In recent years, air-bubble plumes have been applied as a hydraulic measure for water quality improvement to some Japanese water supply reservoirs. In order to optimize the hydraulic design of air-bubble systems, the relationship between mixing efficiency and system parameters must be clarified. Based on a review of previous studies, this paper discusses (1) analytical methods of air-bubble plumes in both homogeneous and nonhomogeneous environments, and (2) analytical methods of flow in lakes or reservoirs induced by air-bubble plumes. Examples of prototype designs for destratification and hypolimnetic aeration are presented. Future studies needed are summarized finally.
Flow reversal phenomena in natural-circulation boilers are studied analytically according to both the homogeneous-flow model and the slip-flow model. In the latter model Thom's pressure drop correlation is used. The pressure drop between the upper steam-water drum and the lower header is assumed not to be affected by inception of reverse flow in an evaporator tube which will be analyzed later. The mechanism of flow reversal is examined through analysis of the static flow characteristics of the evaporator tube in the non-dimensional form. Some important dimensionless parameters are introduced and their effects on inception of reverse flow are studied. It was found that the criterion of flow reversal is correlated practically with only three dimensionless parameters. Finally, an approximate method to predict flow reversal is put forward.
The velocity of single particles in air-water two-phase flows has been investigated. The geometrical shape of the test particles were sphere and cube; their size ranged in volume-equivalent diameter from 4 to 10mm; their density ranged from 1190 to 7850kg/m3. The volumetric fluxes of air and water varied within the ranges of 0≤jG<10m/s and 0≤jL<1.5m/s, respectively. The velocity of the particles in a vertical pipe of 26mm I.D. was measured using a pair of metal detectors. Both air and water velocities at which the particles float in the pipe were also measured. A simple model to correlate particle velocity with two-phase flow parameters is presented, based on the experimental data of spherical particles. The proposed model is compared with the data of cubic particles and shows good agreement.
When gas phase penetrates a liquid slug, velocity of the liquid slug deviates from that of Nicklin's correlation. Considering this phenomenon, a new concept of penetrant flow is introduced. Using penetrant flow as a flow pattern instead of churn flow, a flow, pattern map for gas-liquid two-phase flow was produced. Comparing published flow transition boundaries, slug to penetrant flow transition agreed with slug to churn flow transition. From the flow pattern maps for gas-liquid-solid three-phase flow, it was found that flow transition boundaries shifted with an increase in solid concentration.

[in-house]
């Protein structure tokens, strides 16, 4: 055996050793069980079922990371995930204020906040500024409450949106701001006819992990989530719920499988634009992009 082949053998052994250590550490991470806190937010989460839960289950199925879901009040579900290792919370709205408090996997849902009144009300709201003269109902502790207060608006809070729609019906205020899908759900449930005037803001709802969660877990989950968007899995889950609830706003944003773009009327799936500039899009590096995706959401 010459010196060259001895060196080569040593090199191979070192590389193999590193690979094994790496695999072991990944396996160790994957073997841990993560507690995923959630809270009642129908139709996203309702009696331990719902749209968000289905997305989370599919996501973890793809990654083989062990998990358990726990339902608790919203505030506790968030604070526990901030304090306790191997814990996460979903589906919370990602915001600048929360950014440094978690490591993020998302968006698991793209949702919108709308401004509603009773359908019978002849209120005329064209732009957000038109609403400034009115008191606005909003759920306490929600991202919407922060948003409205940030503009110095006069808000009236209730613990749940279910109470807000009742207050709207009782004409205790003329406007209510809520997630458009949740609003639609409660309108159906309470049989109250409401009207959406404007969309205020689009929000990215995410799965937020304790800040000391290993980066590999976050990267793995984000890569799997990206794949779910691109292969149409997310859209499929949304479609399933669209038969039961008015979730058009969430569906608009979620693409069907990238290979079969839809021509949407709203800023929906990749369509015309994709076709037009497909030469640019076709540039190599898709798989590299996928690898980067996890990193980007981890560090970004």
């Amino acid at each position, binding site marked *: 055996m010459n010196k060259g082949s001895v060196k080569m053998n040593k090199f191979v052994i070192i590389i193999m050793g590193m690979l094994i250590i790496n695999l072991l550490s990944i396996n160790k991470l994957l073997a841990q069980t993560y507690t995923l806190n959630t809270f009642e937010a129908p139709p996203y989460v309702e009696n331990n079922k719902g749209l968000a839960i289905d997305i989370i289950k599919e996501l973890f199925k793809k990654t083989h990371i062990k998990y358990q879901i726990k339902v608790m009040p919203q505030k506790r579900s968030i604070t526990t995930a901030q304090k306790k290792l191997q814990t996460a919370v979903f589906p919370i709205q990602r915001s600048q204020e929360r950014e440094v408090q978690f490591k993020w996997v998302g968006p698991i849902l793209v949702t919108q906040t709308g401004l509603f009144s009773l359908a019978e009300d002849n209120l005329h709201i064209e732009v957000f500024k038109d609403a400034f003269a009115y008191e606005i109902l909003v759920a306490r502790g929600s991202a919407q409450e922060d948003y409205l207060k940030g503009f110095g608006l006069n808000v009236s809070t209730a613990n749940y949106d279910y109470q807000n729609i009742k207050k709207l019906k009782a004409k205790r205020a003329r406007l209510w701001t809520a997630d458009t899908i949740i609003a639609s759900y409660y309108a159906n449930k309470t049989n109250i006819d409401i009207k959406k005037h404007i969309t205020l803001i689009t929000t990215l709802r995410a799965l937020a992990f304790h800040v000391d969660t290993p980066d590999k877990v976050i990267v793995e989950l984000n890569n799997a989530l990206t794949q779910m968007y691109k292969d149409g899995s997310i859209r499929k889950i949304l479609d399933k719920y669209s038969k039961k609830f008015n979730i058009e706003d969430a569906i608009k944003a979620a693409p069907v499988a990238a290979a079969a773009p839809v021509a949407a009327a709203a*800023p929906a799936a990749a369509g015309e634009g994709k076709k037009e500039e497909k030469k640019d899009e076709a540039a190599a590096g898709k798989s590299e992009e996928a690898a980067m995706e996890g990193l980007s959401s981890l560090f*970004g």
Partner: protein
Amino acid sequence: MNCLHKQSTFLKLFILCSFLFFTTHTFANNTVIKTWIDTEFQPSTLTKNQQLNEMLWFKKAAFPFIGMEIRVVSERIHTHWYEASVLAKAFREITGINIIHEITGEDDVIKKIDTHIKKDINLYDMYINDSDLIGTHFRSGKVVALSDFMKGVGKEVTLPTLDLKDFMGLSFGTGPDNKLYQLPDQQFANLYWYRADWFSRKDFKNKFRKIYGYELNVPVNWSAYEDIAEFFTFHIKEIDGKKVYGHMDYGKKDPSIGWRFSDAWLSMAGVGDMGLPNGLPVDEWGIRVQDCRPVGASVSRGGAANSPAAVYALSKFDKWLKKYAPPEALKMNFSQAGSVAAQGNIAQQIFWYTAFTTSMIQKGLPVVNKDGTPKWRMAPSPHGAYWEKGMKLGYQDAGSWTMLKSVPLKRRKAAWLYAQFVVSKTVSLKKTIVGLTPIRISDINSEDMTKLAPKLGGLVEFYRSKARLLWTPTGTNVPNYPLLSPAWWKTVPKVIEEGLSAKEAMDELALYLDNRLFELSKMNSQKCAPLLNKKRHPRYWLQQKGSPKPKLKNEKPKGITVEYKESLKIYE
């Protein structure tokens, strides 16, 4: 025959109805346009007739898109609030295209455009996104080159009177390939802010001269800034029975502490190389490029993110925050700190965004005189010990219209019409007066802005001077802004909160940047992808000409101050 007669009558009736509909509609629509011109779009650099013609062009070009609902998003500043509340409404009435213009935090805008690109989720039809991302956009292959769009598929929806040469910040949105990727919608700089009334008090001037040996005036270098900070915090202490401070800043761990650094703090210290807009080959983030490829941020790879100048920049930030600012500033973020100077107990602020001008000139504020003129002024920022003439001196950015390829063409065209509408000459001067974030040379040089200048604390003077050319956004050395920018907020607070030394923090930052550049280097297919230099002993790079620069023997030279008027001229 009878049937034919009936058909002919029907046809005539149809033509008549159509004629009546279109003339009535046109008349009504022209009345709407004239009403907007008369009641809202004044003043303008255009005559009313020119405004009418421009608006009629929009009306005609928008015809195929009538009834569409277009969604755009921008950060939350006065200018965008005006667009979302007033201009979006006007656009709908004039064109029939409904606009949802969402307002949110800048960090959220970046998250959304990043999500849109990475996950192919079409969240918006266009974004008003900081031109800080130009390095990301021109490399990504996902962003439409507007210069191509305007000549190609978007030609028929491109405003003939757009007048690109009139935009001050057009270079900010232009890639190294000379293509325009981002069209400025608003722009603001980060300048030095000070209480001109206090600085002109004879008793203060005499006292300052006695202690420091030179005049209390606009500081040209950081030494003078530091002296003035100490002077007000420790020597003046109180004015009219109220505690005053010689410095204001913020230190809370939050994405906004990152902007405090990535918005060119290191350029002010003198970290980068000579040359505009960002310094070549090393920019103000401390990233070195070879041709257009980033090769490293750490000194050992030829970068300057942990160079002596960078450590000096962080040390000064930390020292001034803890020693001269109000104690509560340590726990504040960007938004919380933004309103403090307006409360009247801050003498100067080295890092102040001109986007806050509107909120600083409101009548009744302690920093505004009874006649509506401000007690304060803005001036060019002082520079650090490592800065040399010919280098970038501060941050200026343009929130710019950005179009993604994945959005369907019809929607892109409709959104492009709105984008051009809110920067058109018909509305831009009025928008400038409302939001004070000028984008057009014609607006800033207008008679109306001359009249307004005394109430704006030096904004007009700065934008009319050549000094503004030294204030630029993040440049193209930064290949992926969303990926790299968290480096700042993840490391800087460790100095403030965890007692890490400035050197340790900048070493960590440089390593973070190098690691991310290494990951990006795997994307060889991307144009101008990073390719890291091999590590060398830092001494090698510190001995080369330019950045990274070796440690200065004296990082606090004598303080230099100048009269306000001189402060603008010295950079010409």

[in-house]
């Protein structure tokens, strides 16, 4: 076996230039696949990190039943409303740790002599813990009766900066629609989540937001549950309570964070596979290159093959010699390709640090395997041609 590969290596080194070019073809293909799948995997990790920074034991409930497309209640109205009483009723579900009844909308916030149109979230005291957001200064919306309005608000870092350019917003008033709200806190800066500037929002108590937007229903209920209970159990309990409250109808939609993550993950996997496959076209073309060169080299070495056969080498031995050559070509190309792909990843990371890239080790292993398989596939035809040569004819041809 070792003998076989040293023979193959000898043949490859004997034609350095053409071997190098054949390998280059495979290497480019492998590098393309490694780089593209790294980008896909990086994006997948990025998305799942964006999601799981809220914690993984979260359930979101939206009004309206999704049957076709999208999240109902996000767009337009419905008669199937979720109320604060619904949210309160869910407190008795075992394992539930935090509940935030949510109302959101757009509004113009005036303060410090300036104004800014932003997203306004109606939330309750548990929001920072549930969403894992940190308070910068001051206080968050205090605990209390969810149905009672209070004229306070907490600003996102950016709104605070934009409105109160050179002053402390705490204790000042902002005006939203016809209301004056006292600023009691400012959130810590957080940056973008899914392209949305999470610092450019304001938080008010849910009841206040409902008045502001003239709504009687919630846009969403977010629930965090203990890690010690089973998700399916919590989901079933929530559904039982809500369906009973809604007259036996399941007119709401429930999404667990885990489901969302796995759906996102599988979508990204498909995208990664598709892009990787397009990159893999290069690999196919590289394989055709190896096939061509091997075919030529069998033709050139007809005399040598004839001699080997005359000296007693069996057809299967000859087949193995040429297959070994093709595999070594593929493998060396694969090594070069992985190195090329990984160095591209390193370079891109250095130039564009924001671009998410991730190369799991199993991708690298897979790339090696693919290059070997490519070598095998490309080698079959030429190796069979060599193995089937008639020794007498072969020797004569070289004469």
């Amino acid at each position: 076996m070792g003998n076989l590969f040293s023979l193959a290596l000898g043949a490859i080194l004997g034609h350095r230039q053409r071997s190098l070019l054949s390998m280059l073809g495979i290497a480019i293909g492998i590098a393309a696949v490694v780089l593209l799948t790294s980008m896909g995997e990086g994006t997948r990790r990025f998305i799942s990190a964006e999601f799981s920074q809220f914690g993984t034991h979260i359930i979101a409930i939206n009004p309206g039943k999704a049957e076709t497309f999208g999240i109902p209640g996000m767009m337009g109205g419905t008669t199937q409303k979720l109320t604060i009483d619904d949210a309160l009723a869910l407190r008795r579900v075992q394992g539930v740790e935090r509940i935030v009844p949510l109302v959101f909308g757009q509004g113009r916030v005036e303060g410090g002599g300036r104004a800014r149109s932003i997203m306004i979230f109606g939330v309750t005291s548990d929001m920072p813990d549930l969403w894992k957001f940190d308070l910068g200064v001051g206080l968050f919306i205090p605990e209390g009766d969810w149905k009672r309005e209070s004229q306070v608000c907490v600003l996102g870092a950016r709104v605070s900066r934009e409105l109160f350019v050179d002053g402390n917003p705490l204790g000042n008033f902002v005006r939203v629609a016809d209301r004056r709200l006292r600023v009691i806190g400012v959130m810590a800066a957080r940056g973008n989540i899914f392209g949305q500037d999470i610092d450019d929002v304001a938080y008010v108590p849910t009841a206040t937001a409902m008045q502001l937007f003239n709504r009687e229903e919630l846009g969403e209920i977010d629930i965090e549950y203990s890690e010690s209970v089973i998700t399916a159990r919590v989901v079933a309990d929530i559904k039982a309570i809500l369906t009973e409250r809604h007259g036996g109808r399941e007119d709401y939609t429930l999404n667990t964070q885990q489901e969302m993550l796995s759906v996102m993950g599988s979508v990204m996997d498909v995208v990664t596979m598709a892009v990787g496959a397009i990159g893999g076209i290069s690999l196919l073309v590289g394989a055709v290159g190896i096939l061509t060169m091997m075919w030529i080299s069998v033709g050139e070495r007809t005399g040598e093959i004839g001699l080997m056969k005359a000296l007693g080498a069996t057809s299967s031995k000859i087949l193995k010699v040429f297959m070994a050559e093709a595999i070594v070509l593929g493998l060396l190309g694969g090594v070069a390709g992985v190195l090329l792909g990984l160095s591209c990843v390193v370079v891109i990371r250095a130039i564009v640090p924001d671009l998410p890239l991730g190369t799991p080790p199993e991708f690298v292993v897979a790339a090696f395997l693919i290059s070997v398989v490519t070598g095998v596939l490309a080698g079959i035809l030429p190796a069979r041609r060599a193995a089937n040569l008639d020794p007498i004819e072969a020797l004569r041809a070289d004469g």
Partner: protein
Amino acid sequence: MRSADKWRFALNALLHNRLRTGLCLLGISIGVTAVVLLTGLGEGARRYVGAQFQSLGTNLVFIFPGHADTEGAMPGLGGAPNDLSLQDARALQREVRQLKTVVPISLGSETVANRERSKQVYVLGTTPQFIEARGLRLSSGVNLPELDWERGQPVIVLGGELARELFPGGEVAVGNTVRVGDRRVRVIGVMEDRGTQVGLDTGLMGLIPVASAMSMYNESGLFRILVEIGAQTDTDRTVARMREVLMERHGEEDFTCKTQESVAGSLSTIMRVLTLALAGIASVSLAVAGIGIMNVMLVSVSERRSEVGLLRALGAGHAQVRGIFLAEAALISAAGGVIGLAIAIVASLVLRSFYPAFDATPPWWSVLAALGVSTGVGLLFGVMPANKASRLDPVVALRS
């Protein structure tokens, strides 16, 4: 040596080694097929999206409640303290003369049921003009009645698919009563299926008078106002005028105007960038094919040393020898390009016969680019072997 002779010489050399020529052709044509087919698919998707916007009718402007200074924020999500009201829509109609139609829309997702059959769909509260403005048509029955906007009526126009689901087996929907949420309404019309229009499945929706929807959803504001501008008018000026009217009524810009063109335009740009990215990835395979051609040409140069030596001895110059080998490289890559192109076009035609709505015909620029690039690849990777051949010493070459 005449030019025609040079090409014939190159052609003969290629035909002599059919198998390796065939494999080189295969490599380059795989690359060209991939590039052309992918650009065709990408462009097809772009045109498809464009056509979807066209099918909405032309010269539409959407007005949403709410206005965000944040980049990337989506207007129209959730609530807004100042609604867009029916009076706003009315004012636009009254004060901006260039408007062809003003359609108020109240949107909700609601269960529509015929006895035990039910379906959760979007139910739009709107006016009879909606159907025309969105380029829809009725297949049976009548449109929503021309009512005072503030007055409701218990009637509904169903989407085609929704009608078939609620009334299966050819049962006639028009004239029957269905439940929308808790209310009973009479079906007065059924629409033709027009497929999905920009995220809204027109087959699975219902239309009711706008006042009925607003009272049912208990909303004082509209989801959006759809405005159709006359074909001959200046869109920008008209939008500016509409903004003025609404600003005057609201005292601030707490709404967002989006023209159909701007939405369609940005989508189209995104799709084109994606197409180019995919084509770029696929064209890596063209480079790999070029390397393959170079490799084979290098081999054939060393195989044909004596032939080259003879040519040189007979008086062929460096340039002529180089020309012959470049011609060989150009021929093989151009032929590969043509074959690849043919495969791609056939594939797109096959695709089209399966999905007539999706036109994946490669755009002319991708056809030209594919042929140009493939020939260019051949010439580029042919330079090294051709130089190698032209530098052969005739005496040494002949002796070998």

Diesel spray injected into an atmosphere with high pressure and high temperature becomes, within a few milliseconds, a transient two-phase flow, entraining the surroundings. The motion of the surroundings is a significant phenomenon for the mixing of droplets and the entrained surroundings, and this phenomenon determines the combustion processes of diesel spray. In the experiment presented here, motion was visualized by the smoke-wire method. Moreover, the movement around a two-dimensional steady water spray (two-phase flow), and an unsteady water jet (single-phase flow), were also tested to generlize motion in the surroundings of the diesel spray. It was found that the entranining angle, the coefficient of entrainment velocity, and the entrainment coefficient of diesel spray at penetration part (where it shows characteristics of steady flow) are similar to those of two-dimensional steady water spray and the unsteady water jet, and that the ratio of the volume of the entrainment to the total volume of either the spray or the jet is nearly equal to 0.5.